This type of support refers to sharing recreational and leisure pursuits with a broad range of people. In the context of the virtual society, this means spending time chatting’ to others beyond the immediate social environment, a feature that the internet has brought in a global scale. Although the real value of extending one’s social network in the later manner is questionable by many, it is invaluable for many people as the interviews showed. This is more evident for people with disabilities, like the blind. Also one of the main characteristics of this type of communications, as noticed by the subjects, was the availability of friends and contacts that was so that you don’t have to come out of the house.

Informational Support

The process through which people exchange advice and information is perhaps the most obvious source of social support on the internet. Cases that have to do with health, parenting, disability, welfare and so on, are very common. As the interviews have show, this exchange is bilateral with people both searching for information on WWW and also setting up sites that provide information on issues that they have strong views about.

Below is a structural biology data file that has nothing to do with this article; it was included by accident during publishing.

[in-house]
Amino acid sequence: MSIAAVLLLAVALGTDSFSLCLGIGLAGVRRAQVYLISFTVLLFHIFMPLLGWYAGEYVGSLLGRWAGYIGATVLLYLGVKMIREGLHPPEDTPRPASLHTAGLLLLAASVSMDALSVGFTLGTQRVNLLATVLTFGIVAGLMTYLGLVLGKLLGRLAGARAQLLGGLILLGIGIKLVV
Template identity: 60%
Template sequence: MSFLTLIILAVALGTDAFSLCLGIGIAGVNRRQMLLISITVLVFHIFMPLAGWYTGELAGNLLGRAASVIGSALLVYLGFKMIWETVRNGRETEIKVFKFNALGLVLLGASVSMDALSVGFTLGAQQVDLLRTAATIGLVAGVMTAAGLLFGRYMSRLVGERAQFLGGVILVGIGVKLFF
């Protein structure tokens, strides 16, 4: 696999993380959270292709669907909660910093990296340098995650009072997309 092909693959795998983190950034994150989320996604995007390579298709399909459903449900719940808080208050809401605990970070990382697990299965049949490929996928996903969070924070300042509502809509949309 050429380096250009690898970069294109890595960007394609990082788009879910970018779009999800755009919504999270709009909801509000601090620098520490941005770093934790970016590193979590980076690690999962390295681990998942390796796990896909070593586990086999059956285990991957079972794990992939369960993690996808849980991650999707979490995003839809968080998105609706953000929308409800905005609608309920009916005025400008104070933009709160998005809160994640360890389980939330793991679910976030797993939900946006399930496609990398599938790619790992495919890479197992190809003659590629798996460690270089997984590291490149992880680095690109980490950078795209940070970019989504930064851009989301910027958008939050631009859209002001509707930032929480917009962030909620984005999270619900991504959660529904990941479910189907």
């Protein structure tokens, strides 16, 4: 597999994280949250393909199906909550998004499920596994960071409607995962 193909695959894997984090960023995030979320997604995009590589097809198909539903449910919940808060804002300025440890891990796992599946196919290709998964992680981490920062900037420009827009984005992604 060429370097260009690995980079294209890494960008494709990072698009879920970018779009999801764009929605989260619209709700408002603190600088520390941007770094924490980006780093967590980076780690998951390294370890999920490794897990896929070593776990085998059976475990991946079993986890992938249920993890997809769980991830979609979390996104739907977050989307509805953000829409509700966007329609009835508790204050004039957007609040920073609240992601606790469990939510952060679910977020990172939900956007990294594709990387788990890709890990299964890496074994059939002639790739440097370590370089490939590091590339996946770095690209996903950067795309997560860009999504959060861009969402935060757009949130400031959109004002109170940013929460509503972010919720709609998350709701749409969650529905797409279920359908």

Esteem Support

This area deals with the support people get that helps them with threats to their self-esteem. Although usually people tend to limit their discussions about issue slike that to their close friends and family, the interviews heve shown that virtual contacts are particularly valuable for esteem support. One reason for that is that the medium allows for anonymity which is not possible in the real world. Also it supports immediate aces to others that could offer emotional support. Thus for many interviewees the real and the virtual life are some times transcended.

Antisocial support?

Spam involves sending nearly identical messages to thousands (or millions) of recipients by E-mail. Perpetrators of such spam (spammers) often harvest addresses of prospective recipients from Usenet postings or from web pages, obtain them from databases, or simply guess them by using common names and domains. By popular definition, spam occurs without the permission of the recipients. – Wikipedia

There are hazards associated with online support, the most obvious perhaps being unsolicitated and aggressive exchanges. Aggressive posts or flames are usually ignored although they sometimes make the cyberspace an uncomfortable place.

Discussion

For most of the sample users the experience of virtual social support was positive, although this maybe a reflection of their willing to participate to the study. As a reflexive resource the internet can be both liberating and constraining.